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Atlas Shrugged away The Fountainhead Anthem

by on October 26, 2012

President Obama has had some choice words recently to describe Paul Ryan, the vice-presidential running-mate of shape-shifting Mitt Romney.  There is no doubt that Paul Ryan’s career and life have been influenced by Ayn Rand, current posthumous darling of the Tea Party Radicals; he’ll tell you so himself.  So, about Ryan’s choice of influences, Obama said

Ayn Rand is one of those things that a lot of us, when we were 17 or 18 and feeling misunderstood, we’d pick up. Then, as we get older, we realize that a world in which we’re only thinking about ourselves and not thinking about anybody else, in which we’re considering the entire project of developing ourselves as more important than our relationships to other people and making sure that everybody else has opportunity – that that’s a pretty narrow vision. It’s not one that, I think, describes what’s best in America. Unfortunately, it does seem as if sometimes that vision of a “you’re on your own” society has consumed a big chunk of the Republican Party.

The exact question President Obama was asked was “What do you think Paul Ryan’s obsession with her work would mean if he were vice president?”  Obama implies a couple of things: (1) That Paul Ryan has not grown up, and (2) That we pick up Ayn Rand because we feel misunderstood.  If growing up is what Obama describes it as (“we realize that a world in which we’re only thinking about ourselves and not thinking about anybody else [is a world in which we are getting older but not growing up]), in which we’re considering the entire project of developing ourselves as more important than our relationships to other people and making sure that everybody else has opportunity”) is correct, then Paul Ryan has not grown up, by his own happy admissions.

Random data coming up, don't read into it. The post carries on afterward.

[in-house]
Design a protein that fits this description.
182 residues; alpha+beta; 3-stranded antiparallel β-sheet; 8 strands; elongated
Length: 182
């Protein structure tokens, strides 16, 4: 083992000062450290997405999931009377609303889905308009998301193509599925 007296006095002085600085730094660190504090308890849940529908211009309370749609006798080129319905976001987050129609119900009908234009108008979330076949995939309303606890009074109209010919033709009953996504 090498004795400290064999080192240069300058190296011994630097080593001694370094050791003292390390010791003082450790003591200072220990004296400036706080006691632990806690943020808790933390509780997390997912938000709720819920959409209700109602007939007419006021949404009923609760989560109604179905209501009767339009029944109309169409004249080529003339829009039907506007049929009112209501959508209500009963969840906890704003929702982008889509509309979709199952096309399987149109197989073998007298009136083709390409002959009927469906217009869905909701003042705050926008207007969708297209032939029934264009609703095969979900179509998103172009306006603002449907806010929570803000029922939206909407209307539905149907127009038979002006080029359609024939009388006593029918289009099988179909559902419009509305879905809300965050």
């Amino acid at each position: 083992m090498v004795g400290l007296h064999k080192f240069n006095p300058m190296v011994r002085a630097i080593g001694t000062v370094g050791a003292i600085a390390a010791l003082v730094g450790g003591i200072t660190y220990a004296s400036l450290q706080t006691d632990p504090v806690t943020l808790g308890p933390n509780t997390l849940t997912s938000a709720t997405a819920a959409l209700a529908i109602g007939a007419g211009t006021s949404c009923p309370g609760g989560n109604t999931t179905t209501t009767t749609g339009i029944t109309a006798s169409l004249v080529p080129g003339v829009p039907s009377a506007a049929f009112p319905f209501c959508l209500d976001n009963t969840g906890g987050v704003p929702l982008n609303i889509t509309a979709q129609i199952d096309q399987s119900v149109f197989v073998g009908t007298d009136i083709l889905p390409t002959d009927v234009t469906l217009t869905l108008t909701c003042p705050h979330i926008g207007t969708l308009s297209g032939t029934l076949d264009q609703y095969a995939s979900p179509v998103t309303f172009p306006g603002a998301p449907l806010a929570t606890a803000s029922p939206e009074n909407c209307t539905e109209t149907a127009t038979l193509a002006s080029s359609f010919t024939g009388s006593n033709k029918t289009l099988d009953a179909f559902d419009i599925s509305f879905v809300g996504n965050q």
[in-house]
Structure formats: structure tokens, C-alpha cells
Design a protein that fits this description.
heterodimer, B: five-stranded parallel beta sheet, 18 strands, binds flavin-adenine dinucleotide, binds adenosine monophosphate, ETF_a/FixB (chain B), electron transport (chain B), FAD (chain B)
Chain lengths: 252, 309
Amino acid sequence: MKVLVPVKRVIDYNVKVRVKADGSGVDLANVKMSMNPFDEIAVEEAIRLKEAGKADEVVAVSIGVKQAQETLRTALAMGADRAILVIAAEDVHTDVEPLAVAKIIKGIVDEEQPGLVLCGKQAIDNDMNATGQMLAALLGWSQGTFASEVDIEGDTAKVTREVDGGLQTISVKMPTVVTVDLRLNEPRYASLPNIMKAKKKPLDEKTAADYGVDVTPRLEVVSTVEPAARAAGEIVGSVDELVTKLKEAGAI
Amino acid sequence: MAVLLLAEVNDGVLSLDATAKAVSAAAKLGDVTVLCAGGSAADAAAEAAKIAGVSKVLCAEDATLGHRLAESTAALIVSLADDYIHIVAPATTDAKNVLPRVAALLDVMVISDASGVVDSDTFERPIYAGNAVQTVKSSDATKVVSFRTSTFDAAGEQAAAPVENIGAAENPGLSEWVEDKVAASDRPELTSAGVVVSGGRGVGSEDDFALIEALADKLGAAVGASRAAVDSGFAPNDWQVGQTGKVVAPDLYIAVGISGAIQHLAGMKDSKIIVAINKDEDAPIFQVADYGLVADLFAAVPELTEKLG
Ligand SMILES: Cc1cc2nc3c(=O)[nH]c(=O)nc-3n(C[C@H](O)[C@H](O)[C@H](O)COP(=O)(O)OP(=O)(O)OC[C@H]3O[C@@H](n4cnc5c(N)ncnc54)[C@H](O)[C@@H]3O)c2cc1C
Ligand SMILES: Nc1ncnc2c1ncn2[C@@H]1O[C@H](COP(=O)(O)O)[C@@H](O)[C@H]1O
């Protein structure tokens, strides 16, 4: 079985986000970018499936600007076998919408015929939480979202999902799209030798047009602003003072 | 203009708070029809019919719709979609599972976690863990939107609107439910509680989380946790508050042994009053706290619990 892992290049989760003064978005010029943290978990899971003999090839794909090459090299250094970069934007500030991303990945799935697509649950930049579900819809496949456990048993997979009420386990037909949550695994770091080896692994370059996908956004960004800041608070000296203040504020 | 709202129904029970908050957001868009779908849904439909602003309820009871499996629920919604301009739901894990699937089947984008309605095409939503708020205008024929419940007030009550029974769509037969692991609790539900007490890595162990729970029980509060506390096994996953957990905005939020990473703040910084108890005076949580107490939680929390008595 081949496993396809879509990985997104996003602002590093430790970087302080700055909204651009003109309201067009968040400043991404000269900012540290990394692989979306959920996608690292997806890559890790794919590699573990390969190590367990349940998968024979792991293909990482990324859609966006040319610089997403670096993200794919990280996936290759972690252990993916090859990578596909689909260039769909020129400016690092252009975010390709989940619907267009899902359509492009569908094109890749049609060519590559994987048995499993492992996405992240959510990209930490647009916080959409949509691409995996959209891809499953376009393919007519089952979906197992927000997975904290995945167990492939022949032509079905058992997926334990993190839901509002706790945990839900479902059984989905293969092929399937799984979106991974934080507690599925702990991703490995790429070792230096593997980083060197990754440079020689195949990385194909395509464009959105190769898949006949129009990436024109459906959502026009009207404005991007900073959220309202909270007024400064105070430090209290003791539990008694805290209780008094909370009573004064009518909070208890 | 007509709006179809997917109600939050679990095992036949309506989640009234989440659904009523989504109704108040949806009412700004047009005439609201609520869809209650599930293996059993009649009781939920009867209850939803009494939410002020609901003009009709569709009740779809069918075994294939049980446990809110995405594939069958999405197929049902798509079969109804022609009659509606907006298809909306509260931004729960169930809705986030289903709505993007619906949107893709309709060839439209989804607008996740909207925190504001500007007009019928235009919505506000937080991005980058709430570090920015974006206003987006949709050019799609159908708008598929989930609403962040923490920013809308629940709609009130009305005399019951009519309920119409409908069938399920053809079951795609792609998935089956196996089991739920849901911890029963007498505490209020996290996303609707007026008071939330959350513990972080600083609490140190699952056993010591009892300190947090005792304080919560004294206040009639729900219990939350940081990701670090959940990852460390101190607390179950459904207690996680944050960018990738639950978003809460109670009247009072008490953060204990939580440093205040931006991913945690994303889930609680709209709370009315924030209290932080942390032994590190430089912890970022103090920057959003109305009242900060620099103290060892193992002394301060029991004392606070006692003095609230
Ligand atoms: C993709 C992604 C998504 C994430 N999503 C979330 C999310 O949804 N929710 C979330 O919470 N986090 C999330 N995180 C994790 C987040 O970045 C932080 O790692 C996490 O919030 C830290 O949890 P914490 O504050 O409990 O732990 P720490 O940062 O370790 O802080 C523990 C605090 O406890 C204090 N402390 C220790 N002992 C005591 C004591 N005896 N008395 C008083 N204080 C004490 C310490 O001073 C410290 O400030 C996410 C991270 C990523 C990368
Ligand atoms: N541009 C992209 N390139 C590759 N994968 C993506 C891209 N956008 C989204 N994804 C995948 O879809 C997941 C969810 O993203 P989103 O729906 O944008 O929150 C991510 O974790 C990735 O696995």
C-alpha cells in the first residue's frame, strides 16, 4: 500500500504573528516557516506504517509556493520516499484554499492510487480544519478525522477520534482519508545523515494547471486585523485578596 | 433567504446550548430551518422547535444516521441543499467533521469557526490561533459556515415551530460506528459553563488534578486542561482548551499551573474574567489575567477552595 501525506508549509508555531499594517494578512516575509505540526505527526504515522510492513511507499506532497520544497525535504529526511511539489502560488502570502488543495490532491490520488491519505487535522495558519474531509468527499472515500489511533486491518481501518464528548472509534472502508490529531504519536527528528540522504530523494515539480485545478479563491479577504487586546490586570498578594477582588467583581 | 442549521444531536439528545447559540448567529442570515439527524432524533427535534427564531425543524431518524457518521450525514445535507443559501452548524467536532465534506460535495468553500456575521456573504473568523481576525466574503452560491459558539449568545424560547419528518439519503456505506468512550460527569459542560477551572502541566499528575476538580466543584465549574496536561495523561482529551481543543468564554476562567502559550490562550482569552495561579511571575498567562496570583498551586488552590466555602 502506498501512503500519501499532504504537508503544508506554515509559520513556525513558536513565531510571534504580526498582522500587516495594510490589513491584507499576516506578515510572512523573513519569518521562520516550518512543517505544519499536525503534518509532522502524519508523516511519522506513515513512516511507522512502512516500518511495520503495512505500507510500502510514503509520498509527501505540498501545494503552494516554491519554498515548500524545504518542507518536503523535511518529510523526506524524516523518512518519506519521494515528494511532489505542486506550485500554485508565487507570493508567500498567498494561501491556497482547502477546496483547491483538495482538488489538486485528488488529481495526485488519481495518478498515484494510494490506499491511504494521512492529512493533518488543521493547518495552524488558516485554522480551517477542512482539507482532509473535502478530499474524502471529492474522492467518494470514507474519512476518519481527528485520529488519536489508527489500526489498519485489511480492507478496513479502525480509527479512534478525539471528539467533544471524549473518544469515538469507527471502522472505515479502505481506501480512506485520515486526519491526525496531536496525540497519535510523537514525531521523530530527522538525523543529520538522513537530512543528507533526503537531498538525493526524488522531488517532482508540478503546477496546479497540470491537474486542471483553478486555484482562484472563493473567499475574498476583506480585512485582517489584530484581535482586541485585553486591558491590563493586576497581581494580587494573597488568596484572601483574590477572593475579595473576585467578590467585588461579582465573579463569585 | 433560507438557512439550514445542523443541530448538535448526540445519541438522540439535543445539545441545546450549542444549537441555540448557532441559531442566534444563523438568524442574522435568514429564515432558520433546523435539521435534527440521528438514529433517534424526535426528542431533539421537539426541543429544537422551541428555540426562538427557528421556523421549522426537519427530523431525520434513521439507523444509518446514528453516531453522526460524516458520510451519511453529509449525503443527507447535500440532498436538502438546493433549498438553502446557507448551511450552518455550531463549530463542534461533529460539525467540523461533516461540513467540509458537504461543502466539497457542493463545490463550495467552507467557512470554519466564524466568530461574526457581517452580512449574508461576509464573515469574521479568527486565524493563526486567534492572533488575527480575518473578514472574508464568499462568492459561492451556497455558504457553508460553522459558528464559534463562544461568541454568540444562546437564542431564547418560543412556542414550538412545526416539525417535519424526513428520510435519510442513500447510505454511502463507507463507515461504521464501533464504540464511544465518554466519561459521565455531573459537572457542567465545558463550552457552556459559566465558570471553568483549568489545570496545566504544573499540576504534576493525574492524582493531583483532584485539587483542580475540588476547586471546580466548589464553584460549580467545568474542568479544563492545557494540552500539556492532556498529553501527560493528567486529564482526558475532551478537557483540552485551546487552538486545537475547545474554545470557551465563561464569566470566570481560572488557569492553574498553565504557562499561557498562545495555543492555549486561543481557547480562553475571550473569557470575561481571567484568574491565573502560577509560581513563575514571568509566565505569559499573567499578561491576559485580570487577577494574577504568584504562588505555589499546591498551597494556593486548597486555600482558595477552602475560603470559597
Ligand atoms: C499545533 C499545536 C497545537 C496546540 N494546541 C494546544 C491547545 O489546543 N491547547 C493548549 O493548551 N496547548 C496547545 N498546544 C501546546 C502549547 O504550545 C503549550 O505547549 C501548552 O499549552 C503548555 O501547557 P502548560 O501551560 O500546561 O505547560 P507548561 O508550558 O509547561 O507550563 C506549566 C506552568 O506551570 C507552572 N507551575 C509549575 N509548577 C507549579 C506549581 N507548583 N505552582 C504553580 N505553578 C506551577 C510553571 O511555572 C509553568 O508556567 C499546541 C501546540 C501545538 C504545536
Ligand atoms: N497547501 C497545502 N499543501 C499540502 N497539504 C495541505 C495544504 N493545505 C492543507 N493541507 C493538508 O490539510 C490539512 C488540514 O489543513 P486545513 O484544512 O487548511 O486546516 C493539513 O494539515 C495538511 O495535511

But do we pick up Ayn Rand necessarily because we feel misunderstood?  Well, personally, having read Atlas Shrugged, I have to say that’s not true.  Of course, being 17 or 18, as the president mentions, or being in that general age range, feeling misunderstood might be a natural feeling for people; picking up Ayn Rand is not  necessarily a consequence of those feelings.  No, I picked up Atlas Shrugged because it is a rightly considered a classic fictional – fiction! – novel.

Atlas Shrugged is a great read, and provides some insight into an America I don’t think much about (mid-20th Century manufacturing in America).  There’s arguable one long chapter toward the end that could be considered political doctrine; the rest is pure novel.

Crime and Punishment is a great read too, though.  So is the whole A Song of Ice and Fire series (also known as Game of Thrones).  I wouldn’t use either of those to create a serious political doctrine.

The fact that Paul Ryan is running for office – for Vice-Presidency! (and to succeed the president should disaster ever happen) – happily citing a work of fiction that proclaims selfishness as virtuous to be his greatest influence is a sad state of affairs.

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